Nice write up Jonathon. The NWR in Coachella encompasses that 19 miles of “optimal” habitat but there is actually about 50 sq miles of blowsand habitat which continues to support uma. I wonder if that development you saw is related to the cannabis industry. There are several large scale operations being developed right now, one of them will cover 600 acres in desert hot springs. Some recent modeling done for uma suggests that climate change will not necessarily be the death knell for them, hopefully they are correct!

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Re: California Waters: Part 2 about the deserts added

Post by jonathan » November 15th, 2018, 1:46 pm

DRDAN wrote:Nice write up Jonathon. The NWR in Coachella encompasses that 19 miles of “optimal” habitat but there is actually about 50 sq miles of blowsand habitat which continues to support uma. I wonder if that development you saw is related to the cannabis industry. There are several large scale operations being developed right now, one of them will cover 600 acres in desert hot springs. Some recent modeling done for uma suggests that climate change will not necessarily be the death knell for them, hopefully they are correct!
Thank you for that input!

Yes, at the early stage it was at I couldn't tell at all what the development was going to become.

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Re: California Waters: Part 2 about the deserts added

Post by jonathan » December 27th, 2018, 4:12 am

Part 3 is now up, focusing on Slender Salamanders. We were lucky to see lots on the trip, with 9 Inyos, 1 Kern Plateau, 2 Relictual, 5 Greenhorn Mountains, and 7 Oregon, though only the campi, robustus, and relictus are profiled in the story.


California Waters: Salamanders in the Cracks


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Re: California Waters: Part 3 with slenders and the Owens Va

Post by Aneides Aeneus » December 30th, 2018, 6:29 pm

Incredible narrative! I especially love your description of finding Inyo Mountains salamanders - they have always intrigued me!

-Ananth

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Re: California Waters: Part 3 with slenders and the Owens Va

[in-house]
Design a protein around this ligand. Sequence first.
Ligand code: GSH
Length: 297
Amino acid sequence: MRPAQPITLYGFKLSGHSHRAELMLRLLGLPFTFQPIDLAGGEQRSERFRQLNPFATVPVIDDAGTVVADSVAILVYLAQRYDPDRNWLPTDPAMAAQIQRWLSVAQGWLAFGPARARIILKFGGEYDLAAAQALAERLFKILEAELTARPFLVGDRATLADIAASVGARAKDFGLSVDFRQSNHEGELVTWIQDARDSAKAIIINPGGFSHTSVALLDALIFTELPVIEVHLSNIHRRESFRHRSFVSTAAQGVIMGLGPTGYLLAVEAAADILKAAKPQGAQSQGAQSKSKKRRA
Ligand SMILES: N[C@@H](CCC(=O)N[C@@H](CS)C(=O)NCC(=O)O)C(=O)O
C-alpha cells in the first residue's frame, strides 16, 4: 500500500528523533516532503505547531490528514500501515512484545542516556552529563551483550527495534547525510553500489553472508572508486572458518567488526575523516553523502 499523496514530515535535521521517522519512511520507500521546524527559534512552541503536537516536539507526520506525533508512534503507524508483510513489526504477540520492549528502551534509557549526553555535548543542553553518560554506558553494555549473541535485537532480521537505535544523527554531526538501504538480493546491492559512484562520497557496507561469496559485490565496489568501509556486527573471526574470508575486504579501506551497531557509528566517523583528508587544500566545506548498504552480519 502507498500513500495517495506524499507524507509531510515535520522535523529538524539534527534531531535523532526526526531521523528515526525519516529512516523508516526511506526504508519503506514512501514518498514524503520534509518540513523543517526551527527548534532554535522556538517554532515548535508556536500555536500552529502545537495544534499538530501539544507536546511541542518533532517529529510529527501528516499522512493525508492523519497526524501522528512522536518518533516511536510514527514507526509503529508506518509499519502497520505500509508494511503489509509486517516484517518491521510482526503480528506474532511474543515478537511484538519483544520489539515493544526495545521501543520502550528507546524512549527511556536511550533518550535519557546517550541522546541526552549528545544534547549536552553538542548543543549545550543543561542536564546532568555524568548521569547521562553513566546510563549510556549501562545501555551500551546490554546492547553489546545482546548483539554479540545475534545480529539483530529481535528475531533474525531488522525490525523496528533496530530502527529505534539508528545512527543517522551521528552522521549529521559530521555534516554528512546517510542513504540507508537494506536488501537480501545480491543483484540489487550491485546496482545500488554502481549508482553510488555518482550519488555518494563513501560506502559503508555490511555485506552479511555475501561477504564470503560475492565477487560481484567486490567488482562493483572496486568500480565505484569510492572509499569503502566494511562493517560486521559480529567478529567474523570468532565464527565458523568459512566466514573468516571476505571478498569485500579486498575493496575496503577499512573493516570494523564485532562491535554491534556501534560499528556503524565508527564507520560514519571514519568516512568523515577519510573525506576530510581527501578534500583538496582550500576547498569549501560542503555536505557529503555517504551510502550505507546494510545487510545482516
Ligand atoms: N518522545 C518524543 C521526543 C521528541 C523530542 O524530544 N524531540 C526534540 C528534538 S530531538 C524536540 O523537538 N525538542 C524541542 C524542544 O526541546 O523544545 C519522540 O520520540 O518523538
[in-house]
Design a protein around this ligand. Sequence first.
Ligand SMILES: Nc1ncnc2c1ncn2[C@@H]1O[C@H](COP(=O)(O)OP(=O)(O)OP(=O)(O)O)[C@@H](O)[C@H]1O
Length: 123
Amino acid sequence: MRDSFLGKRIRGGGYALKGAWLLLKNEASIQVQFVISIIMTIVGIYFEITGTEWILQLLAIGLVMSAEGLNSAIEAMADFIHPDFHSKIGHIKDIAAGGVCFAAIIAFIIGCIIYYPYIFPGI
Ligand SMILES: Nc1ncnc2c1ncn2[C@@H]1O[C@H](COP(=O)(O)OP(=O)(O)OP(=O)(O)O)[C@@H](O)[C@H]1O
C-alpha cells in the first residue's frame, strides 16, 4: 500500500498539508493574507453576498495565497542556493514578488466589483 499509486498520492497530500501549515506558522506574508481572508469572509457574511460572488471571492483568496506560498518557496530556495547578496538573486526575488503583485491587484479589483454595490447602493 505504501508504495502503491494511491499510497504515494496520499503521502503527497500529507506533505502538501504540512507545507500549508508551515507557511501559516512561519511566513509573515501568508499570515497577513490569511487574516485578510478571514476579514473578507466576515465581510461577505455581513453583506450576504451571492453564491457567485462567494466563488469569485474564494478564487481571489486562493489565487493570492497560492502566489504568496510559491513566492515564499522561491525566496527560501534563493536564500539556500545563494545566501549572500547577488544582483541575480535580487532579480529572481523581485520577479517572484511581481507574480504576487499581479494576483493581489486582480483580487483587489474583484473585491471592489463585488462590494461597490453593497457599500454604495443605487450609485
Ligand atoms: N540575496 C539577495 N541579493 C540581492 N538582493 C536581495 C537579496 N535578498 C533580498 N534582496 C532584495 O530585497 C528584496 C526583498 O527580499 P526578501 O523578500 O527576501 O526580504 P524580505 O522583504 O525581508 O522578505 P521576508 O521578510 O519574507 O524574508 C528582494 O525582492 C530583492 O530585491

Post by jonathan » December 30th, 2018, 11:03 pm

Aneides Aeneus wrote:Incredible narrative! I especially love your description of finding Inyo Mountains salamanders - they have always intrigued me!

-Ananth
Thank you! I would have loved to provide even more detail, but its been a constant balancing act between writing an engaging enough narrative to draw attention to these real issues, and being careful not to reveal localities for vulnerable places that really don't need any more pressure.

One of the places we found Inyos had multiple ridiculous aspects of the story to it, but telling them would reveal too many details about that little population.

I'm of the opinion that the more people who care about wildlife, the better, because nothing will be saved if a critical mass of people don't have their hearts in saving it. And for many people part of caring about something is the excitement of going out and seeing it. Obviously most readers will never see a Inyo Salamander or a Kern Plateau Salamander for themselves, so hopefully I can transfer a bit of that excitement, and stimulate the desire to do something to reduce development and preserve habitat without simply putting more pressure on the vulnerable localities where such things live.

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Re: California Waters: Part 4 with Mountain Yellow-legged Frogs and other NorCal aurans

Post by jonathan » February 25th, 2019, 4:15 pm

The newest installment is up. A bit more researcher and conservationist stuff in this one.

http://www.livingalongsidewildlife.com/ ... rozen.html


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Re: California Waters: Part 4 with Mountain Yellow-legged Frogs and other NorCal aurans

Post by jonathan » July 10th, 2019, 6:21 pm

And finally the conclusion. Part 5 is from a conservationist perspective, leading with the Giant Garter Snakes that are dying out in California, the Oregon Spotted Frogs that are already gone, and whether we can do anything to preserve the future for all of them.

California Waters: What Can Be Restored